Dangerous links between chronic diseases and dementia

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16 September, 2013
Visiting Dementia Awareness Week lecturer, Prof. Kristine Yaffe, says there needs to be greater public awareness of the dangerous links between some of the country’s most serious chronic diseases that affect millions of Australians.

She was speaking at Parliament House, Sydney, on the importance of people maximising their brain health.

“There is a growing body of evidence showing that other chronic diseases like heart disease, stroke and diabetes, as well as risk factors including depression, obesity and sleep, are associated with cognitive decline.

“If left unchecked, these chronic diseases can increase a person’s risk of developing dementia,” Prof. Yaffe said.

Prof. Yaffe, who is Professor of Psychiatry, Neurology and Epidemiology at the University of California, San Francisco (UCSF), is in Australia at the invitation of Alzheimer’s Australia for a public lecture tour that will include Canberra, Melbourne, Adelaide and Brisbane.

Australian of the Year 2013 and Alzheimer’s Australia National President, Ita Buttrose, also spoke at Parliament House.

Ms Buttrose said Alzheimer’s Australia has been a long-time advocate of preventive health strategies.

“Maximising your brain health and managing your blood sugar, cholesterol levels, blood pressure and body weight can help reduce the risk of developing some of the most debilitating chronic diseases, including dementia.

“During Dementia Awareness Week we want to encourage people to adopt healthier lifestyles and understand the connection between their physical health and their brain health. As our population ages, it’s vital for people to understand and improve their overall health, and that includes their brains as well as their bodies,” Ms Buttrose said.

This year’s theme for Dementia Awareness Week is Brain Health: Making the Connections. Dementia Awareness Week is the national flagship week for Dementia Australia’s community awareness activities.

Dementia Awareness Week is supported by financial assistance from the Australian Government.

Summary of the lecture:

Due to demographic shifts and changes in life expectancy, the prevalence of dementia is projected to triple over the next 50 years with a concomitant rise in the costs of dementia care. Interventions that delay the onset of cognitive impairment and dementia could have a large impact on public health, and a substantial body of research suggests that modifiable risk factors may play a pivotal role in maximising cognitive health.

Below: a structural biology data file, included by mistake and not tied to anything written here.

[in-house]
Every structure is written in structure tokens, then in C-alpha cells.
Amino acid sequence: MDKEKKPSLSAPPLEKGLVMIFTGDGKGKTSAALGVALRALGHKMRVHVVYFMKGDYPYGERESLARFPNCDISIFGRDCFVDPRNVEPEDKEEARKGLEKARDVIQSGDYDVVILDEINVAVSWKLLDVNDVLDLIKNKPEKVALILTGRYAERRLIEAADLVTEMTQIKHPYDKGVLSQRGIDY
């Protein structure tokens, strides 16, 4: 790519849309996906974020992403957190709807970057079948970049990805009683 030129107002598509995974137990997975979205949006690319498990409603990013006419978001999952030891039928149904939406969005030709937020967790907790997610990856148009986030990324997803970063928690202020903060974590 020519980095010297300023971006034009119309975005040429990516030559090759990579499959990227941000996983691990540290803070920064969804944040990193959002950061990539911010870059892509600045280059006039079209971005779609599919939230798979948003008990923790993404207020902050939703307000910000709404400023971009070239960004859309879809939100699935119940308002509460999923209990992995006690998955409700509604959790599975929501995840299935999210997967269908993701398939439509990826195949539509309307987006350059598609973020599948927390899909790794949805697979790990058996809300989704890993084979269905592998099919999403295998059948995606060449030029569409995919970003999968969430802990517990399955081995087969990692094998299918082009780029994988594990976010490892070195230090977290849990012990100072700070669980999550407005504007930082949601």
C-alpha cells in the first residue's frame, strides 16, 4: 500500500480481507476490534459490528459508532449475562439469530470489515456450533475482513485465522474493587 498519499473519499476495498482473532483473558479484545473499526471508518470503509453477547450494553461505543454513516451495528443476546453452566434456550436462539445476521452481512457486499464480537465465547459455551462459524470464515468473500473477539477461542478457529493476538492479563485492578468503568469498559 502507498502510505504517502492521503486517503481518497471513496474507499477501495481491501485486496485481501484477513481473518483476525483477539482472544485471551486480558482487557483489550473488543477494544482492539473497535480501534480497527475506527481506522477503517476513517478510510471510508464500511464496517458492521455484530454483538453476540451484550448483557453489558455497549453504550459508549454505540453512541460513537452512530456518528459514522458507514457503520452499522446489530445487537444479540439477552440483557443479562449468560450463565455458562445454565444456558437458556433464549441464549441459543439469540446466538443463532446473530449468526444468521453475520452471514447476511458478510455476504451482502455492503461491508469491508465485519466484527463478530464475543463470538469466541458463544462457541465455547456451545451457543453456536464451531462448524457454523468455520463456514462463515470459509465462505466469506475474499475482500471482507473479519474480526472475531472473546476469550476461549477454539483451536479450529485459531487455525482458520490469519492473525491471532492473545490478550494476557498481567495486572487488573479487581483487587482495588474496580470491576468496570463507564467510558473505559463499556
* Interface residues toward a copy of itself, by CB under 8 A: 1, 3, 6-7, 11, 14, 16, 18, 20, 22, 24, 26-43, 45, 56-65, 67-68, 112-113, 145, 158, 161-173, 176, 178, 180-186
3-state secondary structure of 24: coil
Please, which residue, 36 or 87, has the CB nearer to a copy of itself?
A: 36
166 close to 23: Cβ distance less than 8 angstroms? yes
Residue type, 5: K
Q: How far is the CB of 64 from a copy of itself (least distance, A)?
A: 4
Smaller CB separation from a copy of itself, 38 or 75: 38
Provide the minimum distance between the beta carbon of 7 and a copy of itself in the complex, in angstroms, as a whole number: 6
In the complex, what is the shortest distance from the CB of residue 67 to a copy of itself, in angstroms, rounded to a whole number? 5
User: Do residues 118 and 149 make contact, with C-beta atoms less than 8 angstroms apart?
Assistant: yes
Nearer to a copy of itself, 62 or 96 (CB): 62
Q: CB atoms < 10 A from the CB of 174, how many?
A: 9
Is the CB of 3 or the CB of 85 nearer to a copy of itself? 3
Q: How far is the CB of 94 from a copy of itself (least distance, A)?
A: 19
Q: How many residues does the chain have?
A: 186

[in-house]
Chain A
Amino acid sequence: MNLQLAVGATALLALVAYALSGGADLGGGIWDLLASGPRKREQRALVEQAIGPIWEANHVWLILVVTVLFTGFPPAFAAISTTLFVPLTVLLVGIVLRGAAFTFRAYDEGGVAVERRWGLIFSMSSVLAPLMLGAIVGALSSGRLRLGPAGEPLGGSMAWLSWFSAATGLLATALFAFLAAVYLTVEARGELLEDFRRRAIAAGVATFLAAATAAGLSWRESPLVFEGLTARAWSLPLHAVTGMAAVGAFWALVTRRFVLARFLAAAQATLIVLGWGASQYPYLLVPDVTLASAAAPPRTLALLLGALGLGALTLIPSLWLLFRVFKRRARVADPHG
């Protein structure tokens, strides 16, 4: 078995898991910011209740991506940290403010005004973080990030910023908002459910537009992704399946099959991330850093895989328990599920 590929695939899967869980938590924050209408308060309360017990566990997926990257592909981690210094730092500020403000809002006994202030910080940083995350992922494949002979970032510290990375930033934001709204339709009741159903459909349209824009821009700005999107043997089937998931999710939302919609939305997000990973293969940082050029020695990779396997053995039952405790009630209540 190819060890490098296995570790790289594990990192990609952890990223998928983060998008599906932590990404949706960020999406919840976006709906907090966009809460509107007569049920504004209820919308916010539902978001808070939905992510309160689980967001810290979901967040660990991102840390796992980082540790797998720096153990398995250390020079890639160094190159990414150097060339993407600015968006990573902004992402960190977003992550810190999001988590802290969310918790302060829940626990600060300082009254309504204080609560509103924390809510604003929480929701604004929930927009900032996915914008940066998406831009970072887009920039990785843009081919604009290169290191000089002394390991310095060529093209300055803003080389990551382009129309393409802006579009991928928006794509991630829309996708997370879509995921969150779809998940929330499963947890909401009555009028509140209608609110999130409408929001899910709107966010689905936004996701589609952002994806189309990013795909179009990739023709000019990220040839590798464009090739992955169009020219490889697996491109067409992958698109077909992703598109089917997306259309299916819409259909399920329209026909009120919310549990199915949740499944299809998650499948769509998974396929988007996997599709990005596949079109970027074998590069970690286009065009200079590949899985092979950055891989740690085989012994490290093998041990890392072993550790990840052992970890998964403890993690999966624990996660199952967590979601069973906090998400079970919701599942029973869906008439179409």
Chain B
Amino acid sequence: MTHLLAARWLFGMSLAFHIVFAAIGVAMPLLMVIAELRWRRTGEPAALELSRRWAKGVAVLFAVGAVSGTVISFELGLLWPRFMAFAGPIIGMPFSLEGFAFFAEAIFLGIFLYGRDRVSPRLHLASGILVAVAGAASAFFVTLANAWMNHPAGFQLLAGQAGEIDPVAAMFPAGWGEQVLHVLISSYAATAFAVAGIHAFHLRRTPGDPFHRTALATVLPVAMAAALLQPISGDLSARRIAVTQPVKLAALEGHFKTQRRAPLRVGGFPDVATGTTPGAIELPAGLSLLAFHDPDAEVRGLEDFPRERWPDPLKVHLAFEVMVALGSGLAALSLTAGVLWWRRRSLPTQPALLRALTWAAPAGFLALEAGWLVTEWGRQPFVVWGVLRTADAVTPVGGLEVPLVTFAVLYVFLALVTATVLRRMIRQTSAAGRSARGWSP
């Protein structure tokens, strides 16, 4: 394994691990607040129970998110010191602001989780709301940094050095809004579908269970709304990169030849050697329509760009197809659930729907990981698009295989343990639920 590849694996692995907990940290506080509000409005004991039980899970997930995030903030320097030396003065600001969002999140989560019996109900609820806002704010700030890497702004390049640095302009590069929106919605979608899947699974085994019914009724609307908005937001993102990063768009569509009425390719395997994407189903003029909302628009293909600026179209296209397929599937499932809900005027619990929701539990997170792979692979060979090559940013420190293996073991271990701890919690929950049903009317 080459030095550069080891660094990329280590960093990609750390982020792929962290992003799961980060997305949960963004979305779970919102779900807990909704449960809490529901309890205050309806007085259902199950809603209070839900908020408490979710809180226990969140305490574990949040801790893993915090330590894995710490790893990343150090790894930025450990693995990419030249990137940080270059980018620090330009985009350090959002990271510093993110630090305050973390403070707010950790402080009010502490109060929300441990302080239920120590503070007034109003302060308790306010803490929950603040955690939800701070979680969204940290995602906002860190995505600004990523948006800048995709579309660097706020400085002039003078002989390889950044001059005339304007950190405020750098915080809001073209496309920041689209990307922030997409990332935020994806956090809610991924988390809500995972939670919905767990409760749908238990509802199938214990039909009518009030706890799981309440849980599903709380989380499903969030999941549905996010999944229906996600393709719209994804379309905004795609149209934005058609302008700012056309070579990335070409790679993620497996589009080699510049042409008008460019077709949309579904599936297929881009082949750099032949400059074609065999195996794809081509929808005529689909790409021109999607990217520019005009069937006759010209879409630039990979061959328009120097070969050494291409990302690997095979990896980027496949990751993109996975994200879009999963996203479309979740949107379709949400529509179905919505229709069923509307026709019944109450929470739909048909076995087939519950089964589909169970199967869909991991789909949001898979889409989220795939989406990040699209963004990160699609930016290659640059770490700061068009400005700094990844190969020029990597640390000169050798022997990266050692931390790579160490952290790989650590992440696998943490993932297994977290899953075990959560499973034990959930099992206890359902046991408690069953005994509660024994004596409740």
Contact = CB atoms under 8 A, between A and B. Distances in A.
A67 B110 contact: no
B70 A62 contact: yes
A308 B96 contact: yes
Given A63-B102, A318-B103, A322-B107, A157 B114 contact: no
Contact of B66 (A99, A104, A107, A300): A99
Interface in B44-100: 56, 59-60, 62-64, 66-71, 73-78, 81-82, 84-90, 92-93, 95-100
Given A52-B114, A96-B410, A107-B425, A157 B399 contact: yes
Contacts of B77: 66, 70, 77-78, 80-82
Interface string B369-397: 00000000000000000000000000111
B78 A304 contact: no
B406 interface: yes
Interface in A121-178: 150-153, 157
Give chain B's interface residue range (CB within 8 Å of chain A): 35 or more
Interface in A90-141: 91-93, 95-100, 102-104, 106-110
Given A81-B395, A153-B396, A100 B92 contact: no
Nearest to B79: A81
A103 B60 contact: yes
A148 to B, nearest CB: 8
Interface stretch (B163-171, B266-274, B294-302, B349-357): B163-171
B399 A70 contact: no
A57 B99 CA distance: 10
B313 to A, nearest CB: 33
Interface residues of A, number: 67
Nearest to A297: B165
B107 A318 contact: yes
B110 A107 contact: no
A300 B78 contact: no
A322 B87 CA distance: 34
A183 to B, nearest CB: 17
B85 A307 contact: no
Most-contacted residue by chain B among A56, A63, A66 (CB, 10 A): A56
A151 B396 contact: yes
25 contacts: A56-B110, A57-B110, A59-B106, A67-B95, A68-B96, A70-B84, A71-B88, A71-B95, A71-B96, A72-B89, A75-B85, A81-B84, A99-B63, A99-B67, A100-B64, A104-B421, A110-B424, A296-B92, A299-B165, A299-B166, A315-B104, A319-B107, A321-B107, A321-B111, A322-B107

One of the most ground-breaking findings in this field is the critical connection between chronic medical conditions and cognitive impairment. Numerous large, observational studies have demonstrated that cardiovascular and metabolic risk factors like hypertension, obesity, and diabetes are associated with accelerated cognitive ageing suggesting that treatment of these risk factors could help maintain cognitive health. In addition to chronic medical conditions, several lifestyle behaviours have also been identified as potential risk factors. Studies suggest that there may be multiple pathways linking physical and cognitive activity to better cognitive function, and preliminary intervention trials have been encouraging. Observational studies have also demonstrated consistent associations between smoking and increased risk of cognitive decline as well as associations between single classes of nutrient deficiencies like antioxidants and omega-3 fatty acids and cognitive impairment. More recent investigations have focused on multi-nutrient supplementation or healthy dietary patterns like the Mediterranean diet which may be more effective approaches for maintaining cognitive function.

Evidence is also evolving for risk factors like depression and sleep disorders. The risk relationship between depression and cognitive decline may be bidirectional, and observational studies of patients with depression suggest that treatment is beneficial for cognition. The link between disturbed sleep and dementia has long been recognised, but now, features of sleep including poor sleep quality, sleep disordered breathing, and altered circadian rhythms have also emerged as risk factors for cognitive impairment.

The outlook towards successful cognitive ageing is promising, and modifiable risk factor reduction at the population-based level could considerably alter dementia prevalence. However, in order to further optimise the potential for efficacy, strategies which target multiple risk factors with a better understanding of cognitive ageing across the life course are needed.

Alzheimer’s Australia is the charity for people with dementia and their families and carers. As the peak body, it provides advocacy, support services, education and information. More than 320,000 people have dementia in Australia. This number is projected to reach more than half a million by 2030.

National Dementia Helpline: 1800 100 500
An interpreter service is available
(The National Dementia Helpline is an Australian Government Initiative)
Dementia is a National Health Priority Area

Media note: Prof. Yaffe is available for interview on the above, along with other dementia specific topics including the link between head injury and dementia, sleep, dementia in the old, as well as the impact of dementia on war veterans – military relevant risk factors such as Post-Traumatic Stress Disorder (PTSD) and Traumatic Brain Injury (TBI).

Media enquiries:
Sarah Price 0403 072 140 or Krystal Craig 0407 019 430 / [email protected]

Download the Media Release

Download a copy of Ita's Speech